Was Kenneth Griffin Right? Was IEX A Mistake?

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Includes: CME, ICE, NDAQ
by: Kurt Dew

Summary

New stock exchange IEX means to put its customers first.

Other exchanges abuse electronic markets, piling fees upon customers.

Yet Kenneth Griffin of Citadel opposed IEX. Griffin is being proven right.

"You know the nearer your destination, the more you're slip slidin' away."

- Simon and Garfunkel

I supported the SEC approval of IEX's exchange designation with all my might and main in the spring of last year. IEX's rival exchanges "encouraged" a cast of academic thugs to produce "end of days" forecasts of the disastrous effects of IEX's existence. But, at the time, one opponent of IEX was a man I cannot dismiss. Kenneth Griffin.

Kenneth Griffin, head of Citadel, has frequently shown himself to be an advocate of open, transparent markets. On the two recent occasions within my limited knowledge, he battled the usual opponents of open markets, the dealer banks.

  1. He attempted to launch an electronic trading venue for Credit Default Swaps (CDS) in cooperation with CME Group (NASDAQ:CME).
  2. More recently, he attacked the burgeoning exchange fees of the three serial offenders, exchange management firms Intercontinental Exchange (ICE) - through its stock exchange subsidiary, New York Stock Exchange Group; Nasdaq, Inc. (NASDAQ:NDAQ), and BATS, recently acquired by CBOE Holdings (NASDAQ:CBOE)

CDS trading. In the fight to get electronic CDS trading off the ground, the Citadel-CME combine was thwarted by a Byzantine conspiracy of dealer banks; dealer-controlled services - laughingly called "information providers," Markit and Depository Trust Clearing Corporation (DTCC) (read about them here) - and what must be called the "dealer-friendly" exchange management firm, ICE.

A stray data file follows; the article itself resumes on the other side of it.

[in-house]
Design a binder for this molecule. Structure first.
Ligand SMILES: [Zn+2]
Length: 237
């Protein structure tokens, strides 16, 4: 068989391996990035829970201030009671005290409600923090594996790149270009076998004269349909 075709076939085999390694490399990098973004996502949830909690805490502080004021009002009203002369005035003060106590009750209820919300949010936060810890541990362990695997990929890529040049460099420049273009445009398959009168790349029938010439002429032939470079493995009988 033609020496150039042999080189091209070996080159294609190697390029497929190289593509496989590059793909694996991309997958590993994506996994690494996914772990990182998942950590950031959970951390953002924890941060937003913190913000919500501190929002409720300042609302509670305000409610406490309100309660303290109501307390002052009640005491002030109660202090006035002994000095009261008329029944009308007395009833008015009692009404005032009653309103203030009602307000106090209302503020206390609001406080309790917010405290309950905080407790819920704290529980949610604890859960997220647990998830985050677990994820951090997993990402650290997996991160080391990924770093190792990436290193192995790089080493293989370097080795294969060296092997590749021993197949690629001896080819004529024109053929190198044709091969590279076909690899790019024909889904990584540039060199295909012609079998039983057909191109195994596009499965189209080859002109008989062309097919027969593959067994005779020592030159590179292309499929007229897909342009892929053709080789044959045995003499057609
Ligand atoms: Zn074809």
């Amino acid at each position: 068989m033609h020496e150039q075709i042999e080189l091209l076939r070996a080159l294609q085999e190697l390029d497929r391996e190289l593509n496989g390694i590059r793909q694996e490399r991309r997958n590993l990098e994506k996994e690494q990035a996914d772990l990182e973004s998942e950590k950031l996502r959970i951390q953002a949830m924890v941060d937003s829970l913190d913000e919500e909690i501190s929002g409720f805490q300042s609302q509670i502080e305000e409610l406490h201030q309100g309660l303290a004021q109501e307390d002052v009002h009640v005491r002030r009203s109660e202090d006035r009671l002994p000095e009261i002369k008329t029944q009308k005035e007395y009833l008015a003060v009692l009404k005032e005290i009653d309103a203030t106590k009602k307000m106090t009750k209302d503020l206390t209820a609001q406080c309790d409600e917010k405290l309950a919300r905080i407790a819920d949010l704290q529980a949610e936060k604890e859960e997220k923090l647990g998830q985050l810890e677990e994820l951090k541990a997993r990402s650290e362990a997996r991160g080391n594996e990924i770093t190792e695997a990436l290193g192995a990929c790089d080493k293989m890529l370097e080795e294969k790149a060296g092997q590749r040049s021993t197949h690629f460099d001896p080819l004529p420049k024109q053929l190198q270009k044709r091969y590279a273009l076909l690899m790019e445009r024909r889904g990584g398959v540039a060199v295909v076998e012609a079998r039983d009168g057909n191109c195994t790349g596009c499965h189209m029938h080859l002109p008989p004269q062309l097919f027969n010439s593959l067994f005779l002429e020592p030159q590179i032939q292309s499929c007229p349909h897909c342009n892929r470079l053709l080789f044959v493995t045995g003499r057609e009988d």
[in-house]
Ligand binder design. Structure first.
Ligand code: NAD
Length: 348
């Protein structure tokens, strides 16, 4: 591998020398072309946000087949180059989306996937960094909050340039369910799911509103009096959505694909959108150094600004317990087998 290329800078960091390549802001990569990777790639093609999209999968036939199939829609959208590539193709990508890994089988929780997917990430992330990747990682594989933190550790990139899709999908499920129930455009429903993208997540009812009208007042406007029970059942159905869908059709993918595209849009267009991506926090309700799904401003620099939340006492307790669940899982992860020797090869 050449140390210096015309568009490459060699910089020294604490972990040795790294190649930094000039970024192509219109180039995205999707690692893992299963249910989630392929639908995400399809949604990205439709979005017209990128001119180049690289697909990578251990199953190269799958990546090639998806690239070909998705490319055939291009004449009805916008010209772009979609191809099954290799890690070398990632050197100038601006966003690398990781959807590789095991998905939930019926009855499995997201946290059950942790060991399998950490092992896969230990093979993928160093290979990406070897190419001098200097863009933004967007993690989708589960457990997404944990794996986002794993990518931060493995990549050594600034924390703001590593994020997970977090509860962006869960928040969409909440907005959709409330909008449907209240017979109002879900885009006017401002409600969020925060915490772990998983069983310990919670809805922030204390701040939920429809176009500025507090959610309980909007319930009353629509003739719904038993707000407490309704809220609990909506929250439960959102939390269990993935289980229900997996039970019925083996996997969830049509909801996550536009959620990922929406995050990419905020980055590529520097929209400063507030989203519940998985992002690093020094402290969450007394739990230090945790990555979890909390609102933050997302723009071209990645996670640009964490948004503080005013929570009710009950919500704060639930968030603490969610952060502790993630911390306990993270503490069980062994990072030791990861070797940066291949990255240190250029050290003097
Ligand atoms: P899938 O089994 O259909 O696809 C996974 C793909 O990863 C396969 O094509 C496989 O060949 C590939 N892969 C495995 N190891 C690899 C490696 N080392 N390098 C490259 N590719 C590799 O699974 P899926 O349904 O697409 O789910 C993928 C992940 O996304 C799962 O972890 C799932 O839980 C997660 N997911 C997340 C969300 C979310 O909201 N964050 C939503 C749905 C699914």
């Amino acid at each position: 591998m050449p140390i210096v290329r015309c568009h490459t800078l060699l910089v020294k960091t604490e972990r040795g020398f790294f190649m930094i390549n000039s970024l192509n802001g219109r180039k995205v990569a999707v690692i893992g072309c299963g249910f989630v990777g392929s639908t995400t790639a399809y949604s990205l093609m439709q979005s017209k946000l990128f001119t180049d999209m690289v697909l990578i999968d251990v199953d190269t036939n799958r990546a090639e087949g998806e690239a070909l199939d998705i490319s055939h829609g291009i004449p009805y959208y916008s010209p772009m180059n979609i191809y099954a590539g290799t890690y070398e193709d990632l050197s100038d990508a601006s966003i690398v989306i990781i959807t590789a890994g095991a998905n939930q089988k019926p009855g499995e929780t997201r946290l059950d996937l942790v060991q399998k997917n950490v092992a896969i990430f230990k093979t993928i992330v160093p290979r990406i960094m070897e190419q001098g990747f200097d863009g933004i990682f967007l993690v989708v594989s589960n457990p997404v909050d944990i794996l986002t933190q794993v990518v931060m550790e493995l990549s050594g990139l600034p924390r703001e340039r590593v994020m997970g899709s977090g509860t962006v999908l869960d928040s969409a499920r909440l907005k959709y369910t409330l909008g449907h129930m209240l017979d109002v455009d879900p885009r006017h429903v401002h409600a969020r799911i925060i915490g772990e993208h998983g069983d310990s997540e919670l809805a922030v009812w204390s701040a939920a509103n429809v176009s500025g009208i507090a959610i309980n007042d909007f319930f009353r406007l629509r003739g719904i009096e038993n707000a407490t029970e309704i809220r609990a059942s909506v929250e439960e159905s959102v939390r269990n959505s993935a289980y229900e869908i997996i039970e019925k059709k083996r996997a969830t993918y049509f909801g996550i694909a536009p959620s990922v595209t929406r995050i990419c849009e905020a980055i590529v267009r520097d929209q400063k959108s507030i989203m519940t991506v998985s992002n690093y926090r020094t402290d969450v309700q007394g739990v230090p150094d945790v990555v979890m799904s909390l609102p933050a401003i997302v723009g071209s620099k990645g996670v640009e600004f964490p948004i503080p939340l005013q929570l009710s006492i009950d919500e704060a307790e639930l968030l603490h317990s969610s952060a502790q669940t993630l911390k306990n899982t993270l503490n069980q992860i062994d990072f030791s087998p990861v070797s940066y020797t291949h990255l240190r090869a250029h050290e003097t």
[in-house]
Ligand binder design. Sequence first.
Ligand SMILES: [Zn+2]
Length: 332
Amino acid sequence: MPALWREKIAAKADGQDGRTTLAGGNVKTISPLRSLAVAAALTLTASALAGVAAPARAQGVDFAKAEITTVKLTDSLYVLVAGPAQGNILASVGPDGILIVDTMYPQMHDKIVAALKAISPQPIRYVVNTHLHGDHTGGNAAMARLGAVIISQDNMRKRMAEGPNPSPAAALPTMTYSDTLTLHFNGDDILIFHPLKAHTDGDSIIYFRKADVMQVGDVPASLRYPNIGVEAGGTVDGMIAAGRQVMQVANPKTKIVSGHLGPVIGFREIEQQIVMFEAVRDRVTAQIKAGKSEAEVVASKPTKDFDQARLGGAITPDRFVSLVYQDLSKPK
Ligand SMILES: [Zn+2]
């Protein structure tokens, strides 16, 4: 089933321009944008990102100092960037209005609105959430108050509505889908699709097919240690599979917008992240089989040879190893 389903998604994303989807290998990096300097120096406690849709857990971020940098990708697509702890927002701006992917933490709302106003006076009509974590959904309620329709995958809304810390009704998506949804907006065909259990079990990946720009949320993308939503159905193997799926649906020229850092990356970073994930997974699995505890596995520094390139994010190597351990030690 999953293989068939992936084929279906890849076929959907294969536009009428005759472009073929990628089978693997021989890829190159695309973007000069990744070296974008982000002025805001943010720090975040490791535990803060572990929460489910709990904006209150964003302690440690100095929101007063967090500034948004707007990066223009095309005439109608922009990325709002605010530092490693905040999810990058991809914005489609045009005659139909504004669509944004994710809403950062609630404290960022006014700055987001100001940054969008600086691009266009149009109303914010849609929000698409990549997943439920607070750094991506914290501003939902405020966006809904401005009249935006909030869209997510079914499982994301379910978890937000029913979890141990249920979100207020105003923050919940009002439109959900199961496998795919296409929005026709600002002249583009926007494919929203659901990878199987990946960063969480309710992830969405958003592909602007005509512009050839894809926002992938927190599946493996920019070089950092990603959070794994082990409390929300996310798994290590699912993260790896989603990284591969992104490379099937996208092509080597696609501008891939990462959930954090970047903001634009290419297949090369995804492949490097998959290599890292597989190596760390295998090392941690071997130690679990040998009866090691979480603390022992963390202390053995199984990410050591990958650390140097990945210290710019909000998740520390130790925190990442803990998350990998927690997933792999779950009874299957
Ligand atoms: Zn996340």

The buy-side brought a suit against this wolf pack, as evidence of a conspiracy surfaced, alleging restraint of trade. The suit was ultimately settled with a $1.8 billion payment from the defendants. But, of course, the CDS market went not to Citadel-CME, but to the more conveniently opaque offering of ICE.

Exchange fees. The horrific growth in exchange fees flung in the faces of the broker-dealers and traders that are the exchange's purported "customers" while these same customers simultaneously suffer a dramatic decline in their revenues is analyzed by Larry Tabb of Bloomberg here.

The Main Event. Citadel Confronts IEX.

Citadel's bitter opposition to IEX's exchange designation took me by surprise. The Citadel attack was not out of fear from IEX's competition. Certainly, tiny IEX is no threat to mighty Citadel. Citadel handles up to 14% of market transactions in an average day in contrast to IEX's roughly 2% of the exchange portion of the market.

Griffin was reportedly angered by the characterization of Citadel in Michael Lewis's book, "Flash Boys," as "secretive." Deservedly so. Citadel is a prolific commenter on SEC rules and regulations. Griffin himself writes regularly for publication in the financial news on topics important to the industry. More to the point, I know more about the specific ways in which Citadel uses HFT simply from the public record reports of Citadel itself than I know about any other HFT firm from any source. The accusation that Citadel is secretive is just inaccurate and unfair.

IEX probably needed "Flash Boys" to bring the SEC's tendency to avoid rocking its own very vulnerable boat - the National Market System (NMS) - into the open air. Without the book's publicity, it is easy to imagine that the SEC's standard "death by delay" approach to a threat to the anti-competitive market system would have wound on for years. But Michael Lewis is into selling books. Sometimes he steps on the facts a little to reach his goal. Hence the vilification of Citadel.